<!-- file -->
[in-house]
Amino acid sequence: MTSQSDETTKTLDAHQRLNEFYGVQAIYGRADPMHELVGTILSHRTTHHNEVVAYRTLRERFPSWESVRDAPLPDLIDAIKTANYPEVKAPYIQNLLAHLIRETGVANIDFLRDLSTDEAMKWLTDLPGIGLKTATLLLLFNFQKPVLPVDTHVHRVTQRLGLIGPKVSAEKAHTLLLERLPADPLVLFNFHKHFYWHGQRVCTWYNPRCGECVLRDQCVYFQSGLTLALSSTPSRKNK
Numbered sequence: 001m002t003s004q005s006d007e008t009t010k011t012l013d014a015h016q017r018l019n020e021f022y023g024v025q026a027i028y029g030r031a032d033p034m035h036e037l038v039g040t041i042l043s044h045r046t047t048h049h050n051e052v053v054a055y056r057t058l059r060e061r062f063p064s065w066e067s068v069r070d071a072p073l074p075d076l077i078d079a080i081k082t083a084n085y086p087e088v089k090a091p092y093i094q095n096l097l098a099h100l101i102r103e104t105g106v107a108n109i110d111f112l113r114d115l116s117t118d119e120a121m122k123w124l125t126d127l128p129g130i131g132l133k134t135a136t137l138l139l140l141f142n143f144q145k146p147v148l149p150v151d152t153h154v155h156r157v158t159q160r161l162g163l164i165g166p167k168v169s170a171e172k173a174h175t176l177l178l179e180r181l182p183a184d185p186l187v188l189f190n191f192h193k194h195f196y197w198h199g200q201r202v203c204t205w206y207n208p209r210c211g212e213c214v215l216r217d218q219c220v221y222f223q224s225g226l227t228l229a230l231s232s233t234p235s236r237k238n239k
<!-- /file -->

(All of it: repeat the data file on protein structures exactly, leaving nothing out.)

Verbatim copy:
[in-house]
Amino acid sequence: MTSQSDETTKTLDAHQRLNEFYGVQAIYGRADPMHELVGTILSHRTTHHNEVVAYRTLRERFPSWESVRDAPLPDLIDAIKTANYPEVKAPYIQNLLAHLIRETGVANIDFLRDLSTDEAMKWLTDLPGIGLKTATLLLLFNFQKPVLPVDTHVHRVTQRLGLIGPKVSAEKAHTLLLERLPADPLVLFNFHKHFYWHGQRVCTWYNPRCGECVLRDQCVYFQSGLTLALSSTPSRKNK
Numbered sequence: 001m002t003s004q005s006d007e008t009t010k011t012l013d014a015h016q017r018l019n020e021f022y023g024v025q026a027i028y029g030r031a032d033p034m035h036e037l038v039g040t041i042l043s044h045r046t047t048h049h050n051e052v053v054a055y056r057t058l059r060e061r062f063p064s065w066e067s068v069r070d071a072p073l074p075d076l077i078d079a080i081k082t083a084n085y086p087e088v089k090a091p092y093i094q095n096l097l098a099h100l101i102r103e104t105g106v107a108n109i110d111f112l113r114d115l116s117t118d119e120a121m122k123w124l125t126d127l128p129g130i131g132l133k134t135a136t137l138l139l140l141f142n143f144q145k146p147v148l149p150v151d152t153h154v155h156r157v158t159q160r161l162g163l164i165g166p167k168v169s170a171e172k173a174h175t176l177l178l179e180r181l182p183a184d185p186l187v188l189f190n191f192h193k194h195f196y197w198h199g200q201r202v203c204t205w206y207n208p209r210c211g212e213c214v215l216r217d218q219c220v221y222f223q224s225g226l227t228l229a230l231s232s233t234p235s236r237k238n239k